Roads, camps and other structures associated with the Trans-Alaska Pipeline were placed on gravel pads to protect underlying permafrost. Gravel was mined from floodplains, resulting in loss of riparian wildlife habitat. Revegetation of abandoned pads using non-native grasses has been unsuccessful. Native plants might be more persistent and contribute to replacing lost habitat. The naturally-occurring pioneer community on gravel pads consists mainly of willows Salix alaxensis and S. glauca, fireweed Epilobium latifolium, horsetails Equisetum arvense and legumes in the genera Astragalus, Oxytropis and Hedysarum, all species of riparian gravel bars. Ten years after abandonment mean total cover of native species on 16 gravel pads was only 2.7% and mean number of species per site was 4.4. Distance from riparian seed sources explained 25% and 40% of variation in cover and diversity respectively. Legumes were more restricted to sites near the river than were fireweed and willows. In the laboratory, no germination of S. alaxensis occurred at water potentials $< -0.2$ MPa, which probably occur often on gravel pads. In the field, germination was increased by watering or by a rough surface which provided moister microsites. Growth of seedlings was limited by the supply of mineral nutrients. Survival was high and not limited by availability of water or nutrients. In the laboratory, few legume seeds germinated at water potentials $< -0.5$ MPa. In the field, germination was higher on a rough surface which provided moister microsites. Greenhouse experiments indicated that symbiotically-fixed nitrogen contributed significantly to the growth of legume seedlings, especially when availability of mineral N was low. Rhizobia-free legume seedlings transplanted to a gravel pad developed nodules whether or not they were inoculated with rhizobia, but total weight and nodule weight tended to be higher in inoculated seedlings. Some native plants, primarily riparian species, are capable of establishing and growing on abandoned gravel pads. The low cover and diversity of naturally-colonized sites are attributed to (1) limited dispersal from riparian seed sources, (2) lack of water for germination, and (3) lack of nutrients to support growth. Both willows and legumes have promise for use in restoration.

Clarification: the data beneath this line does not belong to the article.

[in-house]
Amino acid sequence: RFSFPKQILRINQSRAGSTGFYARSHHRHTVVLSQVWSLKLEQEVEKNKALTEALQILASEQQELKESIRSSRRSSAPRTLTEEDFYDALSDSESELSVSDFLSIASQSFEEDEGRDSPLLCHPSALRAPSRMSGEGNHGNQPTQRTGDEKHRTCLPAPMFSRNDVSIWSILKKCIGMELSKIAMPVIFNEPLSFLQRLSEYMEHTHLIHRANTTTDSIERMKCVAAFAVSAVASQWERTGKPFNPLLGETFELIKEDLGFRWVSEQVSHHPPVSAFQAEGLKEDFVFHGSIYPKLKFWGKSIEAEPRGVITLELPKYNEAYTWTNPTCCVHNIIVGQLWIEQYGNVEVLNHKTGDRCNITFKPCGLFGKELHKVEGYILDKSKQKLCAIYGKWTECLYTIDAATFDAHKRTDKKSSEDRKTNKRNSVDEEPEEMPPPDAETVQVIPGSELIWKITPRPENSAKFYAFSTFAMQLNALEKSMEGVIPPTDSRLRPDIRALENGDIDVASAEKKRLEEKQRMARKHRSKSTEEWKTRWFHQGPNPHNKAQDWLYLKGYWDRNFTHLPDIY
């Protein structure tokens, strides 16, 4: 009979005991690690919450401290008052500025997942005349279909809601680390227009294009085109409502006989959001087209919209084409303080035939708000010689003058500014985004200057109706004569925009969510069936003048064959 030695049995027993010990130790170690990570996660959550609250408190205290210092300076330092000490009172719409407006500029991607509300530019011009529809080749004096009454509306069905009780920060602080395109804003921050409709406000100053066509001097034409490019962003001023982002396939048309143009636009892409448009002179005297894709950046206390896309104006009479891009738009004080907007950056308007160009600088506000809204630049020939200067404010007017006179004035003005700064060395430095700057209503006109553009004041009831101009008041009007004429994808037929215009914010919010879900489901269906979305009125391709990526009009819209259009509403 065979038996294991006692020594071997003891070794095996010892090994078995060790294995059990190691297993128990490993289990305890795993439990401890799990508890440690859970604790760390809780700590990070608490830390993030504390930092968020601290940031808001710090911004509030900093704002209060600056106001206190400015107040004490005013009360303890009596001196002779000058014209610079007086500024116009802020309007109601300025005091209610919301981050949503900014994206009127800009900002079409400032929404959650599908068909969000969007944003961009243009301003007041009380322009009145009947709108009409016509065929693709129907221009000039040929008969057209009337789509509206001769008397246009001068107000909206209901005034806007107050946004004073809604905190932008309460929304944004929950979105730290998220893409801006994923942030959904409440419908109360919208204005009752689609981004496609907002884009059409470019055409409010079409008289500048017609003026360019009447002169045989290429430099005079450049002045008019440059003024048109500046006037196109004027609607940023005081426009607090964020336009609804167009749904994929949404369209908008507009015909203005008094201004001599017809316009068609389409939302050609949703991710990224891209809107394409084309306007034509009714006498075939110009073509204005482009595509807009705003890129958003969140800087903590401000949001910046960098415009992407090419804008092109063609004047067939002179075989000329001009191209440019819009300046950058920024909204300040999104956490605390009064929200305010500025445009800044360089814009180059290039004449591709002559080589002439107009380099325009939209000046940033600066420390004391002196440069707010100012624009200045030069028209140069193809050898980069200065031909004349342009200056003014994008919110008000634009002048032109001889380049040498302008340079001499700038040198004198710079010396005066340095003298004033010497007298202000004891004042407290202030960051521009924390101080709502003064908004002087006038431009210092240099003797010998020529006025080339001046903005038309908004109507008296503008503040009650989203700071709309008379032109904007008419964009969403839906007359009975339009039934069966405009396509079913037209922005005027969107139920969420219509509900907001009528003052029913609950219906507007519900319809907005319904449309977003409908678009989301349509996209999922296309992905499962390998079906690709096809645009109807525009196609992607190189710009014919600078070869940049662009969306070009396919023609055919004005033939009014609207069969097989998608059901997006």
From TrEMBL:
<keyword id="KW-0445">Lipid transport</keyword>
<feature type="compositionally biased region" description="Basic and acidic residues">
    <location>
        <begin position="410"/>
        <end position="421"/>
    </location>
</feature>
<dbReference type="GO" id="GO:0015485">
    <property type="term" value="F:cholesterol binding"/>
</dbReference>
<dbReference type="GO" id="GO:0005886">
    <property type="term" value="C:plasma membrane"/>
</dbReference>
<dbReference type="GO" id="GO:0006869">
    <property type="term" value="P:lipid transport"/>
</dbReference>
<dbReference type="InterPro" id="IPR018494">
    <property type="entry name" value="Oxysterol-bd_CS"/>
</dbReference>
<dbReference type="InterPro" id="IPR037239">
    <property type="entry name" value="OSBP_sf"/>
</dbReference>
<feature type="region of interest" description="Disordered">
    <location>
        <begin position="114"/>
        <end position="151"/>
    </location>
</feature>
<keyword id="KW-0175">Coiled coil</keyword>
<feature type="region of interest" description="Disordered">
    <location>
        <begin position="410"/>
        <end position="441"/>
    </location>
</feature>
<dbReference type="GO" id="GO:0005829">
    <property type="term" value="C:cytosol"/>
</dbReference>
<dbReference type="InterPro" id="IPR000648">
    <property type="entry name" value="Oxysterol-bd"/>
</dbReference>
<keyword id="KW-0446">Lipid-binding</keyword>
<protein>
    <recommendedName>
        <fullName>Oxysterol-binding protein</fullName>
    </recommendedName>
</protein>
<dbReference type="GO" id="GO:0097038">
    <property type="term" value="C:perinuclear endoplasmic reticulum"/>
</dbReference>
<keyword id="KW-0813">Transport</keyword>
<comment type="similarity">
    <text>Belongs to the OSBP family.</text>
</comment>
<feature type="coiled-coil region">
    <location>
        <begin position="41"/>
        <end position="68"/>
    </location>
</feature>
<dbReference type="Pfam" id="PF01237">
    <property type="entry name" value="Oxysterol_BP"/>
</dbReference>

Thesis (Ph.D.) University of Alaska Fairbanks, 1988
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